NewsPublic Affairs / September 2, 2020

1 In 5 Hoosier Small Business Could Close By November Without Another PPP Loan

Original story from   IPBS-RJC

Article origination IPBS-RJC
Indianapolis shut down several streets to allow restaurants to expand outdoor seating for social distancing. - Lauren Chapman/IPB News

Indianapolis shut down several streets to allow restaurants to expand outdoor seating for social distancing.

Lauren Chapman/IPB News

One in five small businesses in Indiana will have to permanently close by November without another round of federal loans, according to a small business advocacy group. The organization is urging Congress to pass additional Paycheck Protection Program (PPP) loan funding.

The National Federation of Independent Business (NFIB) estimates more than 80 percent of small businesses that received a PPP loan have used all the money already in the most recent survey taken.

The PPP program was designed to keep businesses from permanently shutting their doors due to COVID-19 by issuing forgivable loans to help keep employees on payroll and pay rent.

NFIB Indiana state director Barbara Quandt said small businesses need another round of PPP loans to continue to survive the economic impacts of the pandemic.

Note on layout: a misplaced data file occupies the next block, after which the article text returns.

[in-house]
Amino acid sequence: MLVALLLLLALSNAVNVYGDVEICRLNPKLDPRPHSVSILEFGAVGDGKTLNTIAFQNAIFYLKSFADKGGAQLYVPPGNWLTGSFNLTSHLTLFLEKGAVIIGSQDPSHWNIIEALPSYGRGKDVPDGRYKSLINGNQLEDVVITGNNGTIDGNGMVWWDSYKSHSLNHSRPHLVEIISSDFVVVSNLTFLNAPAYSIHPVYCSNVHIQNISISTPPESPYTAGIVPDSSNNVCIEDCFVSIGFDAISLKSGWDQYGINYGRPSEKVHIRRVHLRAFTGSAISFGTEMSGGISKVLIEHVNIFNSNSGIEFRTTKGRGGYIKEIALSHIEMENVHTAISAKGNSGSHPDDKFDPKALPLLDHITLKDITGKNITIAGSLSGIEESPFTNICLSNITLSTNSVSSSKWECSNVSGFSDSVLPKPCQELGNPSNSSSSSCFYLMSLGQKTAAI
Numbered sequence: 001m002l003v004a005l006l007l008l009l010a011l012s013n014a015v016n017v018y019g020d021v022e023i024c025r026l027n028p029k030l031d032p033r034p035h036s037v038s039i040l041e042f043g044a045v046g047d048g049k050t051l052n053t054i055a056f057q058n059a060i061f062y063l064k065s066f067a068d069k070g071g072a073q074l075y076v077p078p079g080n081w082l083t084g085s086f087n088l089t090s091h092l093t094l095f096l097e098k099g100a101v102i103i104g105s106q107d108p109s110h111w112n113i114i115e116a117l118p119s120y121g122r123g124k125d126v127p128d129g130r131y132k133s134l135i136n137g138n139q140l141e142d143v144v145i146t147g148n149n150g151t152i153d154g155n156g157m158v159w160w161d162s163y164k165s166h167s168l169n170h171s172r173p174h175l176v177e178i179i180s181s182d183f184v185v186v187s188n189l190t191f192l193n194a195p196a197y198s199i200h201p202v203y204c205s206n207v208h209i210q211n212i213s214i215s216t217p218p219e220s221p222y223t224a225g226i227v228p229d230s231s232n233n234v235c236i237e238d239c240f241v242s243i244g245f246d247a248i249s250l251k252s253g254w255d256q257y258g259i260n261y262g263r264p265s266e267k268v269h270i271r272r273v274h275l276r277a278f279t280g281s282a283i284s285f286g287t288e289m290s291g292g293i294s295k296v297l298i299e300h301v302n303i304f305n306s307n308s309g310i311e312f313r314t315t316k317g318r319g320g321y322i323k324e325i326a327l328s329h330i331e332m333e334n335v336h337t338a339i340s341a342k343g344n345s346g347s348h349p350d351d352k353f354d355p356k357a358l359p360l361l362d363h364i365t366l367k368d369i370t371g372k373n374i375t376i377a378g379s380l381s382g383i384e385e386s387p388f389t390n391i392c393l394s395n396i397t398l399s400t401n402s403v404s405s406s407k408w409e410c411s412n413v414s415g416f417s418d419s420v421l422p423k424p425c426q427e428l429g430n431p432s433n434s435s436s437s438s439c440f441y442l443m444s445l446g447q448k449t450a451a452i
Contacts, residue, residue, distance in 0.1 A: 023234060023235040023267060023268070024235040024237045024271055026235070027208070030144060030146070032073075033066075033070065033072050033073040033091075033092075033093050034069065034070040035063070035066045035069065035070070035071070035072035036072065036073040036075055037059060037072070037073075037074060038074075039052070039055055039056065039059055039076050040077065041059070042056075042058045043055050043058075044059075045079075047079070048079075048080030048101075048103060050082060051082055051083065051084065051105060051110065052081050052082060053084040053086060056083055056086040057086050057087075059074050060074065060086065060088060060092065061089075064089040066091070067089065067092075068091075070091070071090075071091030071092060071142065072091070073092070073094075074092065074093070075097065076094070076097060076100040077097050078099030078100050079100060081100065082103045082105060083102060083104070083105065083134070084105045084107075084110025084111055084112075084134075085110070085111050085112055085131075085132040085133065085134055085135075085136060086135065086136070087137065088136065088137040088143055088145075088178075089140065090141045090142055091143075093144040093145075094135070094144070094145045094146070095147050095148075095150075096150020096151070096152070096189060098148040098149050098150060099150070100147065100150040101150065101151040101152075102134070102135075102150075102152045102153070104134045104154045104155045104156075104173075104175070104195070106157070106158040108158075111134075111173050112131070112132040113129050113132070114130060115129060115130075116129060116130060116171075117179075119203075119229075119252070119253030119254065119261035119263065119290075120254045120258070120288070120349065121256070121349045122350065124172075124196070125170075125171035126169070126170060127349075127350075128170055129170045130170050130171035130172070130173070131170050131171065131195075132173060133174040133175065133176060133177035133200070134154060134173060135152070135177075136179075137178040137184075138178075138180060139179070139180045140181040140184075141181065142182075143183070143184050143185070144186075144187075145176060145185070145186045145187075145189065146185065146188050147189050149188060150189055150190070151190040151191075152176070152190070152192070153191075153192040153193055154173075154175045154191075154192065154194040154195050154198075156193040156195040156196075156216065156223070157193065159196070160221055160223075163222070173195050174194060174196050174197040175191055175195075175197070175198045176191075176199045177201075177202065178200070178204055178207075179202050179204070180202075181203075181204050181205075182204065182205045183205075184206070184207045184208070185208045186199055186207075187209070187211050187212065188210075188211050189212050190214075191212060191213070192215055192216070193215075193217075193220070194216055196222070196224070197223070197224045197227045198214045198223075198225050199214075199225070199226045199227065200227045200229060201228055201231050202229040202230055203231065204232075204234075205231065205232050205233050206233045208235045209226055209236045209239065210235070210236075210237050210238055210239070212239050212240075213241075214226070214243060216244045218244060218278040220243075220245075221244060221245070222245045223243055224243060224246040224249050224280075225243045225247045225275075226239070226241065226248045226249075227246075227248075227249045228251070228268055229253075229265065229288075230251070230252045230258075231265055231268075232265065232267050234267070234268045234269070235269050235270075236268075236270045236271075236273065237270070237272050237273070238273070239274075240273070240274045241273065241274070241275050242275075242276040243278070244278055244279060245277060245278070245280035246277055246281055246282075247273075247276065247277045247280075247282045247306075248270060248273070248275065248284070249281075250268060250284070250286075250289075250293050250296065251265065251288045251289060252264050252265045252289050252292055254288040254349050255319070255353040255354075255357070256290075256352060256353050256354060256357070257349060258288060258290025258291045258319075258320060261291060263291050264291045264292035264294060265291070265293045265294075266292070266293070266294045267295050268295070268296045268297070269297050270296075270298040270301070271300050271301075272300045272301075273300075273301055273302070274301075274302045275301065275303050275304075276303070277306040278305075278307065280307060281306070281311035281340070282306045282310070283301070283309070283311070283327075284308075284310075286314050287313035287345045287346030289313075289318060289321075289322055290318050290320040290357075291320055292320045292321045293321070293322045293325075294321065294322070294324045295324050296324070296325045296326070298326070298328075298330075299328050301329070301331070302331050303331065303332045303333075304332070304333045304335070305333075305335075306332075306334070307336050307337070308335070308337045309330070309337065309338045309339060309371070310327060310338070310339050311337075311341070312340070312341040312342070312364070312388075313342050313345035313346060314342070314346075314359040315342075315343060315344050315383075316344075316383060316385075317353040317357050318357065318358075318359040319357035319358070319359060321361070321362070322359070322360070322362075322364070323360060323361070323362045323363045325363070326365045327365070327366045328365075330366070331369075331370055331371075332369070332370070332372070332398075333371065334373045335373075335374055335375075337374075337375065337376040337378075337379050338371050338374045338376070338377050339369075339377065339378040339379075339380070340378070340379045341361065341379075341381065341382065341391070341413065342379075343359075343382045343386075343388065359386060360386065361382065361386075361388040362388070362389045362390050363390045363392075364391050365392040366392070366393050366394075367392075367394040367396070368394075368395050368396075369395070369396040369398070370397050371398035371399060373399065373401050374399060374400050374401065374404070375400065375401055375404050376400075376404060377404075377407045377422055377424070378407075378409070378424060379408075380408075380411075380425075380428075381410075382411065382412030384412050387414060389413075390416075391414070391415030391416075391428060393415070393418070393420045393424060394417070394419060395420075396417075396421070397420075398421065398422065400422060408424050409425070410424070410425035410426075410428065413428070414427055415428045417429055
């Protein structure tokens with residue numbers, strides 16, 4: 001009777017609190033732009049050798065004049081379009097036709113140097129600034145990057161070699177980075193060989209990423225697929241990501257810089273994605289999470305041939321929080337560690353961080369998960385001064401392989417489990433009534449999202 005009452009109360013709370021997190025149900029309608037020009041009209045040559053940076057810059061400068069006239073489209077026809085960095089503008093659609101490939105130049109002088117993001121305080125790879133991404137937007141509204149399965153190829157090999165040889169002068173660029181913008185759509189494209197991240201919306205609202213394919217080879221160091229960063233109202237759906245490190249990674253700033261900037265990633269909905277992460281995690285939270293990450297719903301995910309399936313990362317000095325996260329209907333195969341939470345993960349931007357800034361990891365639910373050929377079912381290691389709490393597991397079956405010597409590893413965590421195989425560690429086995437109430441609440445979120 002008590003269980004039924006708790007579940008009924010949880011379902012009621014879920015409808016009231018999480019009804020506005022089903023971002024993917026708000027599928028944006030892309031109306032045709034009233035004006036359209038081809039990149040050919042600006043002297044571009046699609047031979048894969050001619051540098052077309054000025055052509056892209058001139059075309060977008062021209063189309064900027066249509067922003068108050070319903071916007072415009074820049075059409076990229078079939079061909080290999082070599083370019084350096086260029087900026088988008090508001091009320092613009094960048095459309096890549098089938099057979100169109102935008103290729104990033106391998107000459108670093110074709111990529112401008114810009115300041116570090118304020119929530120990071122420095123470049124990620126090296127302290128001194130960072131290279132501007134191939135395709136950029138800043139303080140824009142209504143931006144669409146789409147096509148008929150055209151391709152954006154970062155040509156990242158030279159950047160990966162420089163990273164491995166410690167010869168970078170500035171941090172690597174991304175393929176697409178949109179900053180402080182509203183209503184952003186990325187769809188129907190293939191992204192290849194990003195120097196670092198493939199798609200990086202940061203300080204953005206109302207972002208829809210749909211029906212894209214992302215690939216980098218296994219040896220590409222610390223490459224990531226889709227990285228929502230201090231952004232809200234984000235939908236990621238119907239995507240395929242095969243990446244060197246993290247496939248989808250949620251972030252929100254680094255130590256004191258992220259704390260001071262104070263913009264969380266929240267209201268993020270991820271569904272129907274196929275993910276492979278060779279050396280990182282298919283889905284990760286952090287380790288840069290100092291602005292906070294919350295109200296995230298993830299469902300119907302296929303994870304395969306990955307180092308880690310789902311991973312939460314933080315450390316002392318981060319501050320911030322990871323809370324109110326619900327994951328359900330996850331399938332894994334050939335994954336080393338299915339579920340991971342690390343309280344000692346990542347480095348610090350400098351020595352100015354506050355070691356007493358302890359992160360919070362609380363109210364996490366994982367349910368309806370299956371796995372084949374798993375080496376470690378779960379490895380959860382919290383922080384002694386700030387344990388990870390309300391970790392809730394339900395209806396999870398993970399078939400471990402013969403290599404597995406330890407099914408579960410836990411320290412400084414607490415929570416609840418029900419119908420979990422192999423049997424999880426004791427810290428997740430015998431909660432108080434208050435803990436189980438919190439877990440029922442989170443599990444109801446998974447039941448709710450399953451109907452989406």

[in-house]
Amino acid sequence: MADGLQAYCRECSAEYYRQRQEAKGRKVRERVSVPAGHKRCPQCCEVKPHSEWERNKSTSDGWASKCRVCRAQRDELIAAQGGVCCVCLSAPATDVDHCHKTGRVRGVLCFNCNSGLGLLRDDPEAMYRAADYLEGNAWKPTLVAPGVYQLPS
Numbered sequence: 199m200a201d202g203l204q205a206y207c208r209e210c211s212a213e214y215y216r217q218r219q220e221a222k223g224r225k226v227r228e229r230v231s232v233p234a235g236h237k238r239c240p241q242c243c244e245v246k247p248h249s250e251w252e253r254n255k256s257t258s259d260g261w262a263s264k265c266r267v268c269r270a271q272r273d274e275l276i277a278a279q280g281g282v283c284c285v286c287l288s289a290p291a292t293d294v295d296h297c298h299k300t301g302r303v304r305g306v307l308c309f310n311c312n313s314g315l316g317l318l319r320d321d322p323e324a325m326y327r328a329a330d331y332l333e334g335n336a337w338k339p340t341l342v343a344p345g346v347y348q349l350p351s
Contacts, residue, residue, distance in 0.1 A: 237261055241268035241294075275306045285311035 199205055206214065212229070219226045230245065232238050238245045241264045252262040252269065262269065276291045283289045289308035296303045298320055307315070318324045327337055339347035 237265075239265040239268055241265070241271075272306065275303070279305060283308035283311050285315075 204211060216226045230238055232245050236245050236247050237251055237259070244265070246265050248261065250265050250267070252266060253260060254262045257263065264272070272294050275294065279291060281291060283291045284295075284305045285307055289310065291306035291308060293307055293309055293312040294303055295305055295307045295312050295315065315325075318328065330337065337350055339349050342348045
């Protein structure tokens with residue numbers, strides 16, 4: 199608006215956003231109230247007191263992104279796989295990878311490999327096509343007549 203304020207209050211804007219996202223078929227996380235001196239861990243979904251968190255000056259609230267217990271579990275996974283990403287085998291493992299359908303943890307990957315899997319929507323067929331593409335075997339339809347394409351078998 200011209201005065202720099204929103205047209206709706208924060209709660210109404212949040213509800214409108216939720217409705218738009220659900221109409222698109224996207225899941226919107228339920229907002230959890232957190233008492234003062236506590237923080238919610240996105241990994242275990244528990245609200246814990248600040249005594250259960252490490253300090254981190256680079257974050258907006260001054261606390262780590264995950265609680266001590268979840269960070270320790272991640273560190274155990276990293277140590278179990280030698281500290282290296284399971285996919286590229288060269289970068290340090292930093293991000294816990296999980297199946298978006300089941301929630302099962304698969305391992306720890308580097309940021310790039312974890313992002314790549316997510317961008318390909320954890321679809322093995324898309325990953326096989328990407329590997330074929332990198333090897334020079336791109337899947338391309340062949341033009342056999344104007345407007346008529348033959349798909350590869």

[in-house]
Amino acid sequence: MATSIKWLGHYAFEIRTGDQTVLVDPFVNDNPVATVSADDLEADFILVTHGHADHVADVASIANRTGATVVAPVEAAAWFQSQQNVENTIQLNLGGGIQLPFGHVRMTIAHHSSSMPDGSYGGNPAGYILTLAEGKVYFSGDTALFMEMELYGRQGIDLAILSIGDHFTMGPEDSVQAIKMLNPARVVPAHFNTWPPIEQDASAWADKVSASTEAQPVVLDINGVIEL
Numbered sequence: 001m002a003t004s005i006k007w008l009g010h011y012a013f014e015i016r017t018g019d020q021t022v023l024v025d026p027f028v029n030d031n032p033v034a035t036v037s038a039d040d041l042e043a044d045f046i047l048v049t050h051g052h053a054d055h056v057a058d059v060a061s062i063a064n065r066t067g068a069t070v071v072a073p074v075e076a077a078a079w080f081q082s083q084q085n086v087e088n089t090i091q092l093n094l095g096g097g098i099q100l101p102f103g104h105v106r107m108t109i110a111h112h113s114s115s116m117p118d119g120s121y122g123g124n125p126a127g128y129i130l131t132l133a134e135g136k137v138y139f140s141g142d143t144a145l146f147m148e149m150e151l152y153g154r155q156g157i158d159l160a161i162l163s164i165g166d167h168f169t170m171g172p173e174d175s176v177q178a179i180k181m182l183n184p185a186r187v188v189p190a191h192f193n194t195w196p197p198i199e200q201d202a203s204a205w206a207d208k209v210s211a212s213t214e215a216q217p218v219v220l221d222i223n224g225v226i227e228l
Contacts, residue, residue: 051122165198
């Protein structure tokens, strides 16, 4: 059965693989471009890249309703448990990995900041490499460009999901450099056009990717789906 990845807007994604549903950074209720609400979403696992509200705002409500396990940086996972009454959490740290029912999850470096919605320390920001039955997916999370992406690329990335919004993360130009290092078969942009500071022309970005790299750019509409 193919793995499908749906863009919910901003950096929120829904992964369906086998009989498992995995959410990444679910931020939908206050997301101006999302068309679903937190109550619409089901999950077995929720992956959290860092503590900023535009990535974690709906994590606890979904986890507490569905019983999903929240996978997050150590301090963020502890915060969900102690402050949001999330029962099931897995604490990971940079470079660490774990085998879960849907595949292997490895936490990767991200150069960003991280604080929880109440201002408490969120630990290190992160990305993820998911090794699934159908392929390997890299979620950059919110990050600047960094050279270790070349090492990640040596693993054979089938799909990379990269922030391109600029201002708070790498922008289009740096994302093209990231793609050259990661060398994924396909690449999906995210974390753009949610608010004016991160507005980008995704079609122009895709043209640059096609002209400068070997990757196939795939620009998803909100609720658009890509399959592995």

"We'd like to see small businesses become a real priority because they're the ones that create the majority of the net new jobs; they're the job creators and if they're gone, then where's the stimulus to help get out of this recession?" said Quandt. "We traditionally lead the economy out of a recession because they get back to work. Small business owners figure it out and they pivot do what they can, of course, what they're going through it's never been experienced before."

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Quandt said lessons learned from the first round of loans show there needs to be more effort to get the forgivable loans to the mom and pop stores.

“It needs to be something that's targeted for the smallest small family businesses that are not going to make it without it,” said Quandt.

She said the organization is advocating for other measures including businesses being protected from COVID-19 liability lawsuits and regulatory protections.

Contact reporter Samantha at shorton@wfyi.org or follow her on Twitter at @SamHorton5.

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